- kuśa-kusuma-samit-palāśa-phala-mūlodakāny āhariṣyamāṇo
- vṛkasālā-vṛkādibhyo bhayam āśaṁsamāno
- yadā saha hariṇa-kuṇakena vanaṁ samāviśati
kuśa—a kind of grass required for ritualistic ceremonies; kusuma—flowers; samit—firewood; palāśa—leaves; phala-mūla—fruits and roots; udakāni—and water; āhariṣyamāṇaḥ—desiring to collect; vṛkasālā-vṛka—from wolves and dogs; ādibhyaḥ—and other animals, such as tigers; bhayam—fear; āśaṁsamānaḥ—doubting; yadā—when; saha—with; hariṇa-kuṇakena—the deer calf; vanam—the forest; samāviśati—enters.
When Mahārāja Bharata wanted to enter the forest to collect kuśa grass, flowers, wood, leaves, fruits, roots and water, he would fear that dogs, jackals, tigers and other ferocious animals might kill the deer. He would therefore always take the deer with him when entering the forest.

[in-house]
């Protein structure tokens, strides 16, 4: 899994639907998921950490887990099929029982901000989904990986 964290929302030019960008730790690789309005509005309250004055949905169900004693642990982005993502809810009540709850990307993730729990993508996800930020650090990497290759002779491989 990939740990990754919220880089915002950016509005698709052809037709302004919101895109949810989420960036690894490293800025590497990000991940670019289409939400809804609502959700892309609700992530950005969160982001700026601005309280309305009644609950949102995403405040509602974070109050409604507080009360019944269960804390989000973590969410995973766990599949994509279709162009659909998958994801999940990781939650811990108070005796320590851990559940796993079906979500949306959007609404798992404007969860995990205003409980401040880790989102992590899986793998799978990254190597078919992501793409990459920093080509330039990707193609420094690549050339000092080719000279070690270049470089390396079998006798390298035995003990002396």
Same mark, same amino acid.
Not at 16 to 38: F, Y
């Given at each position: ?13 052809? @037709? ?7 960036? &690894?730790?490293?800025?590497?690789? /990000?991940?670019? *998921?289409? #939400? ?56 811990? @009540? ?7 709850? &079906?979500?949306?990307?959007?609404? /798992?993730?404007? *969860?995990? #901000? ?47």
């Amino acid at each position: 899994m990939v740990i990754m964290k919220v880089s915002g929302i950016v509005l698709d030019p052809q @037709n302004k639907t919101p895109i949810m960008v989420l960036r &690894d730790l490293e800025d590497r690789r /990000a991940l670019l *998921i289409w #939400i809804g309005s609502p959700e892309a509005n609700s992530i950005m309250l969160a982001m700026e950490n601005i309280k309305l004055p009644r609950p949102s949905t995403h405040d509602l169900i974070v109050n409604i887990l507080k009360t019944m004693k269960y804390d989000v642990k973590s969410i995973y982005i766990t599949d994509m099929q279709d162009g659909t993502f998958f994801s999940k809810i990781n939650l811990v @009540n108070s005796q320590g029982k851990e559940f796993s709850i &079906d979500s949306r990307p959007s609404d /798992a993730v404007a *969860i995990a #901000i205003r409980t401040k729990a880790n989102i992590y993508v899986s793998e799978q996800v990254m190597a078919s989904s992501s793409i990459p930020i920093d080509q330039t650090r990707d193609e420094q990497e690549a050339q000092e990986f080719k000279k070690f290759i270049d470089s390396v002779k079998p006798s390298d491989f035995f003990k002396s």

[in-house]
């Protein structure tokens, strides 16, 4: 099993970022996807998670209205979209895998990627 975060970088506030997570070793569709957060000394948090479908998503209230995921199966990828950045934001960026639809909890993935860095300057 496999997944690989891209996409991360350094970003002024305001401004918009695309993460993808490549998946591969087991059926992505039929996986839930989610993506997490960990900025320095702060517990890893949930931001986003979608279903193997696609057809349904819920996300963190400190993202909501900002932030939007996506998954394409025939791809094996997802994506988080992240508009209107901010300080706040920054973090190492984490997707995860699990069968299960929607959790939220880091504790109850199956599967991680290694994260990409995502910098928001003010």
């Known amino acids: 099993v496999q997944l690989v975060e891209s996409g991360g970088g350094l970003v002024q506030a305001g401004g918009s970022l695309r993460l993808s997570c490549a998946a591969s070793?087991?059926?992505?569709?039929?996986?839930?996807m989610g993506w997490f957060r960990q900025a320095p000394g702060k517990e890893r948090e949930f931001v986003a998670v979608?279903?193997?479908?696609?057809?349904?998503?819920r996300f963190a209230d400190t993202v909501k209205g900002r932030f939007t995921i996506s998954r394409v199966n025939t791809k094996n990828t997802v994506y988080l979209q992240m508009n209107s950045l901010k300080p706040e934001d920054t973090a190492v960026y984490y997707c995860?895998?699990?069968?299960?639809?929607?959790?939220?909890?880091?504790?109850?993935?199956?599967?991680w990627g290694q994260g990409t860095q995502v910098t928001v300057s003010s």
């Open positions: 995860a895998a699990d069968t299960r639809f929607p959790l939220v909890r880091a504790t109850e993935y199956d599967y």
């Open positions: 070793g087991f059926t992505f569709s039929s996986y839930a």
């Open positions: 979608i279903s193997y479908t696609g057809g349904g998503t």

How Mahārāja Bharata increased his affection for the deer is described herein. Even such an exalted personality as Bharata Mahārāja, who had attained loving affection for the Supreme Personality of Godhead, fell down from his position due to his affection for some animal. Consequently, as will be seen, he had to accept the body of a deer in his next life. Since this was the case with Bharata Mahārāja, what can we say of those who are not advanced in spiritual life but who become attached to cats and dogs? Due to their affection for their cats and dogs, they have to take the same bodily forms in the next life unless they clearly increase their affection and love for the Supreme Personality of Godhead. Unless we increase our faith in the Supreme Lord, we shall be attracted to many other things. That is the cause of our material bondage.